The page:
As Dr. Donald Berwick — President Barack Obama's recent appointee to lead the Centers for Medicare and Medicaid Services — takes office, many questions still remain unanswered about his views on health care. Most importantly, lawmakers would like to understand what Berwick meant when he argued that federal bureaucrats should "ration with eyes open."
[IMGCAP(1)]Rationing care involves denying or limiting treatment options based solely on cost. Personal treatment decisions should be made by patients and physicians, not unelected government bureaucrats who have no right to make such value judgments.
During my career as a heart surgeon, I treated thousands of patients who would be curious about Berwick's meaning, too. Throughout my practice, I listened to each of my patients, and the doctor-patient relationship we developed allowed me to provide meaningful care. Working with my patients, we decided together on the best course of treatment.
Instead, in his book, "Escape Fire," Berwick writes, "The heroic image of individualist physicians each doing the best he or she can and each bearing full and personal responsibility for the care of the patient cannot possibly suffice."
Berwick's writing suggests he does not believe that kind of individualized care is either possible or beneficial. If true, seniors and low-income families who depend on Medicare and Medicaid deserve to know what kind of care Berwick envisions for them. Unfortunately, Obama's recess appointment of Berwick prevents any public vetting from taking place.
Senators likely would have asked Berwick to clarify his previous positions and how he planned to implement much of the president's massive new health care law. The new law gives broad power to CMS and its parent, the Department of Health and Human Services. As administrator, Berwick will be responsible for overseeing how the new rules are written and enforced.
One of Berwick's chief tasks will be to rein in costs for Medicare and Medicaid. According to CMS' actuary, the new health law cuts more than $500 billion from Medicare. To lower costs, will Berwick block seniors and doctors from treatments they might determine are best?
Additional questions remain about Berwick's opinions on government-run health care systems, such as Great Britain's National Health Service. In 2005, Berwick remarked that the National Health Service "can be an example for the whole world — an example, I must say, that the United States needs now more than most other countries do." The NHS routinely prevents Britain's elderly from receiving treatment based on cost per "quality adjusted life year." Unelected bureaucrats should not be able to make similar life-or-death decisions for America's seniors.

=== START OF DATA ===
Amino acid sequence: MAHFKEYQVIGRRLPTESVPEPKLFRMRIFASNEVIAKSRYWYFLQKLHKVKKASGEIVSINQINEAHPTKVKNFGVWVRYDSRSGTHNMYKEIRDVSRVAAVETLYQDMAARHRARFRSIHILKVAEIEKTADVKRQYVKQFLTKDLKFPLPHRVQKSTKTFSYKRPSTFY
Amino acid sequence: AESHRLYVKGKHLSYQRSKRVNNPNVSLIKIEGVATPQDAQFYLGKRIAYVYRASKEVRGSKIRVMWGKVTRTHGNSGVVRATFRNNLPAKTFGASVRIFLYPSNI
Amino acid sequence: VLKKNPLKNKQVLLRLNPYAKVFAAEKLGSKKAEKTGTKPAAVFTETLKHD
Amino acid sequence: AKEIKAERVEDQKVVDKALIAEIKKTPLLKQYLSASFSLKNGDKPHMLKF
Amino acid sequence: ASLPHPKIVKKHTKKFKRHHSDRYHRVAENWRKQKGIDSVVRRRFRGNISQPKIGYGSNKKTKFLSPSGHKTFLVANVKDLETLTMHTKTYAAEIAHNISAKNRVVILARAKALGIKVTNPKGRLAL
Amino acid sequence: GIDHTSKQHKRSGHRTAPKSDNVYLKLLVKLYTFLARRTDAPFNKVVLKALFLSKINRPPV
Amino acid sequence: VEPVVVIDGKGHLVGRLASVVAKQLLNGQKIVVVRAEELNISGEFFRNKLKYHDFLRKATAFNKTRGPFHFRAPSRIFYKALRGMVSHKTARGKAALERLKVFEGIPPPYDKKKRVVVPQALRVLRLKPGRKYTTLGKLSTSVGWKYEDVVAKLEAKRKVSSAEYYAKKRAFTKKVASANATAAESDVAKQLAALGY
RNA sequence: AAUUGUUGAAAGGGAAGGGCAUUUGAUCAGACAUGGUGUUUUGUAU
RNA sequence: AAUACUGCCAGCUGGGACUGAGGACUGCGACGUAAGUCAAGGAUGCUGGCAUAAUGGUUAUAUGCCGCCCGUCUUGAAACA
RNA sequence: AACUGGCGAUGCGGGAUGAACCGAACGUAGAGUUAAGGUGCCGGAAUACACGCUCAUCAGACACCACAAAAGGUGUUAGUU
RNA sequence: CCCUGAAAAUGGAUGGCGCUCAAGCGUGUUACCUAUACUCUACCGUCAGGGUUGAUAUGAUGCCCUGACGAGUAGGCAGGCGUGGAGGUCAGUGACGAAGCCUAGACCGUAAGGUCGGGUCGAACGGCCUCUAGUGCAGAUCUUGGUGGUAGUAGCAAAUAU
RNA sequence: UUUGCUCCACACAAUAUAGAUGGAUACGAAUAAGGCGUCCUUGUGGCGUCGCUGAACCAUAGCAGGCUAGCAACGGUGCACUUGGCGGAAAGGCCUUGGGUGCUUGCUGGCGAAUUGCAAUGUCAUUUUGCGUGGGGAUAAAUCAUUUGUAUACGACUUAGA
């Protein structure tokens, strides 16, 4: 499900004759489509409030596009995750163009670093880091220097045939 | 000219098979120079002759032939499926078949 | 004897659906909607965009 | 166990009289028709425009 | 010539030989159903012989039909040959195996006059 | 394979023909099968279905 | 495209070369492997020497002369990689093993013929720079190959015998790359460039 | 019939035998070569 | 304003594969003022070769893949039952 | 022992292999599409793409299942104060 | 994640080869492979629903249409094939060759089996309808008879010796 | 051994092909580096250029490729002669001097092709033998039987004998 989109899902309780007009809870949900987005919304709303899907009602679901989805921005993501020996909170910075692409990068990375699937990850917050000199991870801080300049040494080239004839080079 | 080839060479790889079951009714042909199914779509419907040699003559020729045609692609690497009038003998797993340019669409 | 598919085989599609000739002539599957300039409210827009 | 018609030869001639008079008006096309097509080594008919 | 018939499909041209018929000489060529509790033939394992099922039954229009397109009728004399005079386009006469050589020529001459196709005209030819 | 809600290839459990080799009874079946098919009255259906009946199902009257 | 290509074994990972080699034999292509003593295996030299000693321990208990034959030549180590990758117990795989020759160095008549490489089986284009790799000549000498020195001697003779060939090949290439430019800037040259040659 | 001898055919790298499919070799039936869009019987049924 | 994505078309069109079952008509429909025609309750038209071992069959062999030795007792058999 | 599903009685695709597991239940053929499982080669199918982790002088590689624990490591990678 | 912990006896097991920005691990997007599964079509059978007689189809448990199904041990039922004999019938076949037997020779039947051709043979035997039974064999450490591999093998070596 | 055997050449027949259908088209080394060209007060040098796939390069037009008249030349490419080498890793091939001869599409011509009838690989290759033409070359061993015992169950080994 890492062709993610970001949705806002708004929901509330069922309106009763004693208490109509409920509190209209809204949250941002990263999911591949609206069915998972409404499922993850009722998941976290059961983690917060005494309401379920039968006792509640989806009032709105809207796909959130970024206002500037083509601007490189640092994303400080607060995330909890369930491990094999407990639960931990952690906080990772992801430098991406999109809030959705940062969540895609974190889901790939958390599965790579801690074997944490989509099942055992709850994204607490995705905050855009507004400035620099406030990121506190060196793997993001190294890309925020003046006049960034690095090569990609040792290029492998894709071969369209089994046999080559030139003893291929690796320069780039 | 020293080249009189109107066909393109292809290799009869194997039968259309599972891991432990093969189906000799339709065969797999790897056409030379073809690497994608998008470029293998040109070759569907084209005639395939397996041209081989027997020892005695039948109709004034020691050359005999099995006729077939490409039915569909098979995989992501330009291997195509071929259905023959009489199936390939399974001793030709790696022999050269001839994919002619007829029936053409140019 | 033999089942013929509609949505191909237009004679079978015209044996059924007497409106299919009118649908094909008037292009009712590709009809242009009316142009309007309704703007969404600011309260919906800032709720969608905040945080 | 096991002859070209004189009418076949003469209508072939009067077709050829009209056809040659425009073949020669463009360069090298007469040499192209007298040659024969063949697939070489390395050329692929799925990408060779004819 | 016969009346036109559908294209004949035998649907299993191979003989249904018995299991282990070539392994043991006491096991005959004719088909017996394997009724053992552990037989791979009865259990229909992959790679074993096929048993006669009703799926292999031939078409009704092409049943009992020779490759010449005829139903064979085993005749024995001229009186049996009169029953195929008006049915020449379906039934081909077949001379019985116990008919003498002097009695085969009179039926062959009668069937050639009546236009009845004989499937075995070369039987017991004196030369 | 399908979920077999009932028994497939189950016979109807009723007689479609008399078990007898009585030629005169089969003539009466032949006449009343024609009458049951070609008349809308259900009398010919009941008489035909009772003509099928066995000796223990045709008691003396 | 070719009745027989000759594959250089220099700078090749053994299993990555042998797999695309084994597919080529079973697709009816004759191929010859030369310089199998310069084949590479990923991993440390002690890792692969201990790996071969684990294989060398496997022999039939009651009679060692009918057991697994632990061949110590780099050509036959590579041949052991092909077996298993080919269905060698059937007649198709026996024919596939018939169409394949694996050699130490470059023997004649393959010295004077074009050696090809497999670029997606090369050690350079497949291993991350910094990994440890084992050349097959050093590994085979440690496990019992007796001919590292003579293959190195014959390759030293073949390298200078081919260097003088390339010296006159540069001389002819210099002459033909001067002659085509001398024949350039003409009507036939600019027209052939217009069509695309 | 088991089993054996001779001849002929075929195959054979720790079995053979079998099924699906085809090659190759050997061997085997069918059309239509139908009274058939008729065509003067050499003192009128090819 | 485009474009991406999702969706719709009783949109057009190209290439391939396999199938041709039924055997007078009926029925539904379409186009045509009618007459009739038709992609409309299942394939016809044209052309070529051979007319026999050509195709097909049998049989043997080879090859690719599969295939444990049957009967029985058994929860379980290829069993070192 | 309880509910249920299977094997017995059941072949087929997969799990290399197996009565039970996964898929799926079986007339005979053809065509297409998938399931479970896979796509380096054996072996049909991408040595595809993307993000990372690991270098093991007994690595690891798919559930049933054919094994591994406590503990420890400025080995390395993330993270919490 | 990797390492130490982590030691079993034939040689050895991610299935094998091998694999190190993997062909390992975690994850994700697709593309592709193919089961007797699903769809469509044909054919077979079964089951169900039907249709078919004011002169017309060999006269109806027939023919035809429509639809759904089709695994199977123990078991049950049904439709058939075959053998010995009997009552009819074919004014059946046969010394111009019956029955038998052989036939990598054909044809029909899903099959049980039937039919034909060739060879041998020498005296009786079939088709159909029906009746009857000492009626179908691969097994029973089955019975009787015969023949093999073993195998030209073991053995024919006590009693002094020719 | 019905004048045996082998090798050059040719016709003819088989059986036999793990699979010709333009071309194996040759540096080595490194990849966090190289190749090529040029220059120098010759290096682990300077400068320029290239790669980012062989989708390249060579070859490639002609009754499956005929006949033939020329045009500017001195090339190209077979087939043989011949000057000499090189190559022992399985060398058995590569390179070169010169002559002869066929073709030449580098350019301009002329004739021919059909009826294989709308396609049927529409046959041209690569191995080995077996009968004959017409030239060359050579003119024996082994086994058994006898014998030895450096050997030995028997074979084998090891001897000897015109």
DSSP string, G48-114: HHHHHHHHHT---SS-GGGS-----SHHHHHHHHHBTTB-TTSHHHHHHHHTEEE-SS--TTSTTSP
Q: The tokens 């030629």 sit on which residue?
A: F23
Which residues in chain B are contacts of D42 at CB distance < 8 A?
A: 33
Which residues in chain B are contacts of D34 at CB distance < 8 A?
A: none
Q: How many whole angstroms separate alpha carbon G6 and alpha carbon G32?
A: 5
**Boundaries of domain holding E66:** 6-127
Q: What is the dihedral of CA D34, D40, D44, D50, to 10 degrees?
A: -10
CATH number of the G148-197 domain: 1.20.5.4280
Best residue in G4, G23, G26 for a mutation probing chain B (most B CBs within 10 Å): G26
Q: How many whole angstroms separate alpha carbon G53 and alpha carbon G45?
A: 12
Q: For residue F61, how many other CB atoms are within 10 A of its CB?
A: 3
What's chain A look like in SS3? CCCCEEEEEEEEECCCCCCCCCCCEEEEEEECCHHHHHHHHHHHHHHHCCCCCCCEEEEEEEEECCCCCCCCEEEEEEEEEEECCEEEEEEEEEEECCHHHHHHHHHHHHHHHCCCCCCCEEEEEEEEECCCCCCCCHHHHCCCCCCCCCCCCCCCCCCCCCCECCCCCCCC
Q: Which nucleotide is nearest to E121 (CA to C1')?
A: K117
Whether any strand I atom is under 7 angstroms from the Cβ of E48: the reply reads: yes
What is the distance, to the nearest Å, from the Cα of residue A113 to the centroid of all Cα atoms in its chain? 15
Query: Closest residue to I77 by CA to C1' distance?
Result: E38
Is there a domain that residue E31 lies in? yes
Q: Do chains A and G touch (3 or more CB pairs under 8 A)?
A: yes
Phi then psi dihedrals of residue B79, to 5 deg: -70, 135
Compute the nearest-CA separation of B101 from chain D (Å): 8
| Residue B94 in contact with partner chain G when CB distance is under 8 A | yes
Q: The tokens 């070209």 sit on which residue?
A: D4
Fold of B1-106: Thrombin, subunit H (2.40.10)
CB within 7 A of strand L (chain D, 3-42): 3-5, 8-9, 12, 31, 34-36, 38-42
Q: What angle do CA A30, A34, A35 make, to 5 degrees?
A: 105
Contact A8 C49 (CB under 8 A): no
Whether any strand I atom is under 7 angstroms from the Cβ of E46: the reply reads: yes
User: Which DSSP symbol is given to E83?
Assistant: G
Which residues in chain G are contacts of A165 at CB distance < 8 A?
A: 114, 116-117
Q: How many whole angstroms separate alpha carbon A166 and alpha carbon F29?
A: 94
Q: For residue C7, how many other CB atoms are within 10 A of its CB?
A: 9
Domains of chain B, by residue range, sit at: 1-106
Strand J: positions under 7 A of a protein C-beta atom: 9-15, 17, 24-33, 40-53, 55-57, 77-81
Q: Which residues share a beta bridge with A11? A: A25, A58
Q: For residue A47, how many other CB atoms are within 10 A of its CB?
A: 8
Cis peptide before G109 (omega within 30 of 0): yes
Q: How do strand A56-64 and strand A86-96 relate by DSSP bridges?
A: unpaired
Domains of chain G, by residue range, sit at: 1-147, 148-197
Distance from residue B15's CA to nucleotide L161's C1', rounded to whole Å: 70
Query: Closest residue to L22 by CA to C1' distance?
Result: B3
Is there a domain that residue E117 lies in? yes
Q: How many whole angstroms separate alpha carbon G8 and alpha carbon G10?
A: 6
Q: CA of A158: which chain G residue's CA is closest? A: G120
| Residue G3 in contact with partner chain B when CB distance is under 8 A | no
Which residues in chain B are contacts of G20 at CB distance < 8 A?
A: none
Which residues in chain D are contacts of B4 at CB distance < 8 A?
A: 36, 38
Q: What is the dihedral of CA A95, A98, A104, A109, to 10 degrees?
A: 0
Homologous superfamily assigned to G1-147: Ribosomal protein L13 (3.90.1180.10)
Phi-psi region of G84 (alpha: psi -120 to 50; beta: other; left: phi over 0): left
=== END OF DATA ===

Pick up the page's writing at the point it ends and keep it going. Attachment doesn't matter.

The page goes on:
With last week's recess appointment, we will have to learn Berwick's vision for health care only after CMS decisions are rendered, a far cry from the openness promised by then-candidate Obama. Two other doctors who serve in the House and I recently wrote to Obama objecting to Berwick's proposals that would prevent doctors from practicing in some regions and restrict patients' access to needed medications. These concerns were never answered.
Just four years ago, the editorial page of the New York Times called such recess appointments "a constitutional gimmick" and an "end run around Senate confirmation." However, last week the same editorial page called the same gimmick a "sensible move." Berwick assumes control of an agency in charge of $803 billion in vital benefits so Americans rightly should expect questions to be asked and questions to be answered.
In 2005, then-Sen. Obama suggested a recess appointee lacked credibility because of the truncated term and lack of consensus. Berwick's view of health care and his appointment without any public vetting casts doubt on his term even before it begins.
Rep. Charles Boustany (R-La.), a heart surgeon, is a member of the Ways and Means Committee, with jurisdiction over Medicare and tax policy.